Facts, Prevention, and Relief for New Jersey Allergies

Updated
Updated

New Jersey is known for its beaches, food, and interesting scenery. As far as East Coast states go, it’s also not too bad for allergy sufferers, especially when compared to some of the other states in the nearby region. With that being said, no state is ever free from allergies, and New Jersey is no exception.

If you have allergies in New Jersey and you’re ready to find relief, Wyndly can help. With a personalized allergy treatment plan designed to address your allergens, you can get rid of your New Jersey allergy symptoms. Schedule an allergy consultation with Wyndly today, or read on to learn more about New Jersey allergies.

When Is New Jersey Allergy Season?

New Jersey’s allergy season isn’t unique by any means. As with most U.S. states on the East Coast, winters can get pretty cold, which provides some relief from outdoor allergies. Typically, spring allergies will start in mid to late February, and allergy season will end in late fall, after the first hard freeze.

Allergens by Season

New Jersey will have different allergens that are prevalent depending on the season. Let’s take a look at each season and the common allergens that come with it.

Summer

Summer allergies in New Jersey are when grass pollen is the primary allergy culprit. Grass allergy season will usually begin in May, peak in June, and end around mid-August. The grass species to watch out for in New Jersey include timothy, bent, corn, sweet vernal, fescue, orchard, and brome.

Fall

Fall allergies are when weed pollen allergies take over in New Jersey. Usually, this season will start in August, peak in September, and end once the first frost of winter stops seasonal allergies in their tracks. Some common weed allergies in New Jersey include ragweed, lamb’s quarter, wormwood, and orache.

Winter

Winter allergies should provide a respite from outdoor allergies for New Jersey residents. Indoor allergens like dust mites, cockroaches, pet dander, and mold can still cause problems, though.

Spring

Spring brings tree allergies to New Jersey. This season can start as early as mid-February and will usually last until May or longer depending on the tree species. Some of the common tree allergies are triggered by oak, hickory, ash, walnut, cedar, privet, willow, and mulberry trees.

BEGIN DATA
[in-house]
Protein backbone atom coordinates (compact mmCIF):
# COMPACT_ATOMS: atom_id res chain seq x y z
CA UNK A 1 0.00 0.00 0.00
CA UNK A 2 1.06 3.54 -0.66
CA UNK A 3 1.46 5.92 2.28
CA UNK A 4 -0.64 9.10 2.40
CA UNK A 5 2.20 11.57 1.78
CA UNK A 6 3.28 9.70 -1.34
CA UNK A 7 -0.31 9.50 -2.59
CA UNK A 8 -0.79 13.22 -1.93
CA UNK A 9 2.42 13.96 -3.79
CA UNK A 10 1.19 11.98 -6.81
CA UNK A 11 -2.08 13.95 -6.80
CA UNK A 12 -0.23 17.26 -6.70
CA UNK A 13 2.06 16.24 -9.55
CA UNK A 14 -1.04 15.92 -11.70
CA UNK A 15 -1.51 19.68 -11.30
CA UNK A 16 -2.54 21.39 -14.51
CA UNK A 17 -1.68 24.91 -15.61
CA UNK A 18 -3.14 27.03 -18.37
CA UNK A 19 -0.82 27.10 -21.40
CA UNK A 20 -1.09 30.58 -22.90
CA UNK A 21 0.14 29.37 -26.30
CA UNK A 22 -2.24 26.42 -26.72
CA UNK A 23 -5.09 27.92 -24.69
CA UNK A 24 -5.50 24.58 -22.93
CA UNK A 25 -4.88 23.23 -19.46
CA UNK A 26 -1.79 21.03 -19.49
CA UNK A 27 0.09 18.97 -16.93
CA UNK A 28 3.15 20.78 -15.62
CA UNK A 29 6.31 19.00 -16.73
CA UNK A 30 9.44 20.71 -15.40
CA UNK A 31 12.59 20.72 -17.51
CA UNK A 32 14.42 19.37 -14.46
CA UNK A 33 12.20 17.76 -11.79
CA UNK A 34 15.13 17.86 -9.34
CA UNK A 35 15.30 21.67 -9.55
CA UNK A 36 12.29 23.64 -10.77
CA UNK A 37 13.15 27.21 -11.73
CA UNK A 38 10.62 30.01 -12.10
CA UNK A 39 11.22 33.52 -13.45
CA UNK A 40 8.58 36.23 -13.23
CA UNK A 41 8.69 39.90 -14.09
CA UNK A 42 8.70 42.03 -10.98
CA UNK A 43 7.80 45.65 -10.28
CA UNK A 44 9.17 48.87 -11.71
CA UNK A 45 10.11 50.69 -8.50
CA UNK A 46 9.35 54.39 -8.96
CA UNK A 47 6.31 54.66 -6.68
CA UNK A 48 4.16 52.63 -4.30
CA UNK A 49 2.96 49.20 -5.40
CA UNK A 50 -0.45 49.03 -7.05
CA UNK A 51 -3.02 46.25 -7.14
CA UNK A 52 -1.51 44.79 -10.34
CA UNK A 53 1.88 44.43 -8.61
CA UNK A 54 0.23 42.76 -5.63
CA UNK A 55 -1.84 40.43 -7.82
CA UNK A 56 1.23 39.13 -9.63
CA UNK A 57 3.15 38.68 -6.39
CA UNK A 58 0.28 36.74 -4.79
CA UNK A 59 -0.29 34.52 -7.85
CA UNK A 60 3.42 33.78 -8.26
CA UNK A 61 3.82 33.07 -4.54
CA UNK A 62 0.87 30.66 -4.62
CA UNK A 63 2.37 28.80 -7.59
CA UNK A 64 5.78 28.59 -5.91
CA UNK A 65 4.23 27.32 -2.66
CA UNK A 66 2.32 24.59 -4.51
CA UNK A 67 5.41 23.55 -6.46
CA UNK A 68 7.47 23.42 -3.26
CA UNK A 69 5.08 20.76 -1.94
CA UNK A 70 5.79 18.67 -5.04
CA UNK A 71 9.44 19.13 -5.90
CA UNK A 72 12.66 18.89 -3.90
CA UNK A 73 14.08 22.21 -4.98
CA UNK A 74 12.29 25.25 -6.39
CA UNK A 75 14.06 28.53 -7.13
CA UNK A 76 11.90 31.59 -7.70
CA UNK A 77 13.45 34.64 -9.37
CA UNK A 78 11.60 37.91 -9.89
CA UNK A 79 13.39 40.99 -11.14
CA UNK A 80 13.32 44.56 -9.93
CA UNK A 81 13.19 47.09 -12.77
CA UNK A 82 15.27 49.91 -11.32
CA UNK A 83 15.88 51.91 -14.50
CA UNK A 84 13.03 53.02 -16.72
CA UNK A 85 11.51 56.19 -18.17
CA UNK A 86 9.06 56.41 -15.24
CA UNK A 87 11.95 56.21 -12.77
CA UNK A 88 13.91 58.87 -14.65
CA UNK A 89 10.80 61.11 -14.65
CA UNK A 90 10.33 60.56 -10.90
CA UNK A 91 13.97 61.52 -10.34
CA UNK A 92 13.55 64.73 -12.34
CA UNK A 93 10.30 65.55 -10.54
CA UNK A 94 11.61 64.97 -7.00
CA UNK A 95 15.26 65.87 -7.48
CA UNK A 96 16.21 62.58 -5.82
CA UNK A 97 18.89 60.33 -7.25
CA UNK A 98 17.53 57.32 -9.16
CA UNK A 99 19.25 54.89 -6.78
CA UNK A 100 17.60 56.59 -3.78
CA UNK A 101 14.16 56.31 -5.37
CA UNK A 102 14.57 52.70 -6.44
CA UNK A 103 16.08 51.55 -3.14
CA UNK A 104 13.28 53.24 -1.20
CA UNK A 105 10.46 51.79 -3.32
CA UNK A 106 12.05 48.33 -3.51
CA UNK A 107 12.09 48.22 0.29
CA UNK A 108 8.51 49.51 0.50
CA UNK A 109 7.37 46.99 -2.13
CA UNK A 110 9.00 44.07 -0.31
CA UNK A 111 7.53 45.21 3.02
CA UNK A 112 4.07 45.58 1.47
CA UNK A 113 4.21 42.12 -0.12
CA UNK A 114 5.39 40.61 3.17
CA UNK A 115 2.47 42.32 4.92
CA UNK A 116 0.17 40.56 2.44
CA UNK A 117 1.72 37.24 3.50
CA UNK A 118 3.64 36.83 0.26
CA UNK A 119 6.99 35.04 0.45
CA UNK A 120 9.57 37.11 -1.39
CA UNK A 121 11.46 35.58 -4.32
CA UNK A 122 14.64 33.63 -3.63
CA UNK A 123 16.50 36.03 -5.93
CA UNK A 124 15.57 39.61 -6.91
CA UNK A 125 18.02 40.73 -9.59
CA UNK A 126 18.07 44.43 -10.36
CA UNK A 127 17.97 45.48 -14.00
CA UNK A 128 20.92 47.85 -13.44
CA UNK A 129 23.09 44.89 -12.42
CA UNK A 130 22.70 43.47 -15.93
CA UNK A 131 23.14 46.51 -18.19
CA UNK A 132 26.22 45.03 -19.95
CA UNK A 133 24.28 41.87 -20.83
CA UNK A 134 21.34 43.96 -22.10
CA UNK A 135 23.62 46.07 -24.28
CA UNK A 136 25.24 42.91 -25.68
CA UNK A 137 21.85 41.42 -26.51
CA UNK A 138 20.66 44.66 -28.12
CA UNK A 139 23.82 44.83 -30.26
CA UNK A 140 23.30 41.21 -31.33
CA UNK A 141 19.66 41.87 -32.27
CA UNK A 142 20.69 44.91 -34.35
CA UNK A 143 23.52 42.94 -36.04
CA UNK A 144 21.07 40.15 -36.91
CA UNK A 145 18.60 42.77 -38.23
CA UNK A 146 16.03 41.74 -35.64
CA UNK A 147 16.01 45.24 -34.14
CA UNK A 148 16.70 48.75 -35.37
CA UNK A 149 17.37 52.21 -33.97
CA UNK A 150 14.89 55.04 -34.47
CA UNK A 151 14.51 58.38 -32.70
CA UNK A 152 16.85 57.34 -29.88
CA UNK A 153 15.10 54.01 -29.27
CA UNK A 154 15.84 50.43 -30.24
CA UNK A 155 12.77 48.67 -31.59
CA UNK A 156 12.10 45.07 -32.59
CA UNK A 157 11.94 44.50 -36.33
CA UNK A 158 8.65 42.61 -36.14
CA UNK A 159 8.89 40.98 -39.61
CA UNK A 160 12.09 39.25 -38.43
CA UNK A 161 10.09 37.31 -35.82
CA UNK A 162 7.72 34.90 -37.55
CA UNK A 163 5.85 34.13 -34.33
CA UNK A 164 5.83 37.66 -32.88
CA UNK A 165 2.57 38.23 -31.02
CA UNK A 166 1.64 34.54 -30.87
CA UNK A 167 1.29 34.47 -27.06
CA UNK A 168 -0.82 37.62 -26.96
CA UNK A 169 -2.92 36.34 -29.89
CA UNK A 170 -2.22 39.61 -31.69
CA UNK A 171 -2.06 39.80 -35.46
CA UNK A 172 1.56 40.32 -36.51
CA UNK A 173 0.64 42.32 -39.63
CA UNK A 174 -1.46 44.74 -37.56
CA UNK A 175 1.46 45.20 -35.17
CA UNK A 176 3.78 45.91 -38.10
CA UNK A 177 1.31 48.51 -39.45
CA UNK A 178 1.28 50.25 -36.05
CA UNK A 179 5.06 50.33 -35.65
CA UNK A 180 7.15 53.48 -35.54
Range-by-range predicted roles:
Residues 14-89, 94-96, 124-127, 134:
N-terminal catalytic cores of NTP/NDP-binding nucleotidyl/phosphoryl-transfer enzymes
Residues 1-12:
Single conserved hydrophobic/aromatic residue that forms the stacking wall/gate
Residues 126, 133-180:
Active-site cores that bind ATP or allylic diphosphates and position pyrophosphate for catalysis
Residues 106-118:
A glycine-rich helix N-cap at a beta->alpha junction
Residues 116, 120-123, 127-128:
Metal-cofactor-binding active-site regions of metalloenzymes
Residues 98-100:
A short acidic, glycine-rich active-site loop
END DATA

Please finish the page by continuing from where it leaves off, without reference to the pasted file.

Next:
Common Allergens

New Jersey will experience seasonal allergies from numerous tree, weed, and grass pollens. Indoor allergens are also common throughout the year.

Common Symptoms

New Jersey residents can expect the following allergy symptoms:

  • Runny nose
  • Coughing
  • Congestion
  • Sneezing
  • Headaches
  • Scratchy throat
  • Itchy eyes
  • Watery eyes
  • Hives
  • Aggravated asthma symptoms

As always, reactions will vary from person to person, but in general, allergies will cause one or more of these symptoms to occur.

Allergens Around the State

Depending on where you live in New Jersey, you may deal with different allergens than other parts of the state. Let’s take a look at some common allergens around the different regions of New Jersey.

Phillipsburg/Newark/Jersey City/Trenton/Edison

The Phillipsburg, Newark, Jersey City, Trenton, and Edison residents’ spring tree allergies include oak, hickory, ash, mulberry, maple, and willow. Summer grass allergens include corn, bent, and sweet vernal. In the fall, weed allergies are primarily from ragweed.

Red Bank/Toms River/Lakewood

Allergies in the Red Bank, Toms River, and Lakewood areas start in spring with oak, hickory, ash, walnut, cedar, privet, willow, and mulberry pollen. Summer grass allergens include timothy, bent, brome, corn, and sweet vernal. In fall, weed allergy triggers include ragweed, orache, lamb’s quarter, and wormwood.

Atlantic City/Ocean City/Cape May

Atlantic City, Ocean City, and Cape May spring tree allergy culprits include oak, hickory, willow, and mulberry pollen. Summer grass allergens include bent, orchard, and rye. In fall, weed allergies are often a response to orache, Russian thistle, wormwood, and sagebrush.

Northeast Allergen Zone Map

Testing and Diagnosis

With seasonal allergies, it can be extremely difficult to determine the exact source of your symptoms. There are many types of pollen in the air, and indoor allergens can cause issues at any time of year. To find out the source of your allergies for certain, it’s best to get an at-home allergy test. Wyndly makes it convenient to get an allergy test with our at-home testing kit. Buy your at-home allergy test from Wyndly today to find out what you are allergic to!

Let’s examine how different allergy testing options work.

Old-Fashioned Method: Skin Prick Test at Your Doctor’s Office

Skin prick testing requires you to go to the doctor to find out your allergen triggers. It’s often uncomfortable, and it takes time out of your day. You’ll go to the doctor’s office, they’ll administer a test where they prick or scrape your skin with a needle tipped with different allergens, and then they’ll observe the areas they pricked for itchiness, redness, or swelling. All in all, it’s not a pleasant experience. Instead, you can save yourself time and pain by getting an at-home test.